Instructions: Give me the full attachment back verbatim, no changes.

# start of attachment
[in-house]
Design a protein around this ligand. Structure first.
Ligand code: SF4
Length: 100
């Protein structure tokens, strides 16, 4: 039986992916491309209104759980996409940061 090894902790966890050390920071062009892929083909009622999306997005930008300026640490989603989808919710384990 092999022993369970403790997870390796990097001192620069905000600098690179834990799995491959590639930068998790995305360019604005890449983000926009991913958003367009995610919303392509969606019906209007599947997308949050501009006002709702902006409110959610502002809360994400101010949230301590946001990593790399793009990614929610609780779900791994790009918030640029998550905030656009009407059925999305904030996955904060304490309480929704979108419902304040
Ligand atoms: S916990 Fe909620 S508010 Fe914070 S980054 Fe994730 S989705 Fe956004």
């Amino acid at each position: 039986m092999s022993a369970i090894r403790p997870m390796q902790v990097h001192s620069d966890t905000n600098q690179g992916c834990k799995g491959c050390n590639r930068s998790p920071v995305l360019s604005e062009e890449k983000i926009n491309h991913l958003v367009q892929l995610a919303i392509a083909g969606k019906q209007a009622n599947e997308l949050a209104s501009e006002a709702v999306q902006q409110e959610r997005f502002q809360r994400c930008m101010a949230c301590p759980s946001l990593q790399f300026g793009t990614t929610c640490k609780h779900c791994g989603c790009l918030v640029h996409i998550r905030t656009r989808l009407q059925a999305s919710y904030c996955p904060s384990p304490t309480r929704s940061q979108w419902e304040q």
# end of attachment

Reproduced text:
[in-house]
Design a protein around this ligand. Structure first.
Ligand code: SF4
Length: 100
């Protein structure tokens, strides 16, 4: 039986992916491309209104759980996409940061 090894902790966890050390920071062009892929083909009622999306997005930008300026640490989603989808919710384990 092999022993369970403790997870390796990097001192620069905000600098690179834990799995491959590639930068998790995305360019604005890449983000926009991913958003367009995610919303392509969606019906209007599947997308949050501009006002709702902006409110959610502002809360994400101010949230301590946001990593790399793009990614929610609780779900791994790009918030640029998550905030656009009407059925999305904030996955904060304490309480929704979108419902304040
Ligand atoms: S916990 Fe909620 S508010 Fe914070 S980054 Fe994730 S989705 Fe956004």
């Amino acid at each position: 039986m092999s022993a369970i090894r403790p997870m390796q902790v990097h001192s620069d966890t905000n600098q690179g992916c834990k799995g491959c050390n590639r930068s998790p920071v995305l360019s604005e062009e890449k983000i926009n491309h991913l958003v367009q892929l995610a919303i392509a083909g969606k019906q209007a009622n599947e997308l949050a209104s501009e006002a709702v999306q902006q409110e959610r997005f502002q809360r994400c930008m101010a949230c301590p759980s946001l990593q790399f300026g793009t990614t929610c640490k609780h779900c791994g989603c790009l918030v640029h996409i998550r905030t656009r989808l009407q059925a999305s919710y904030c996955p904060s384990p304490t309480r929704s940061q979108w419902e304040q």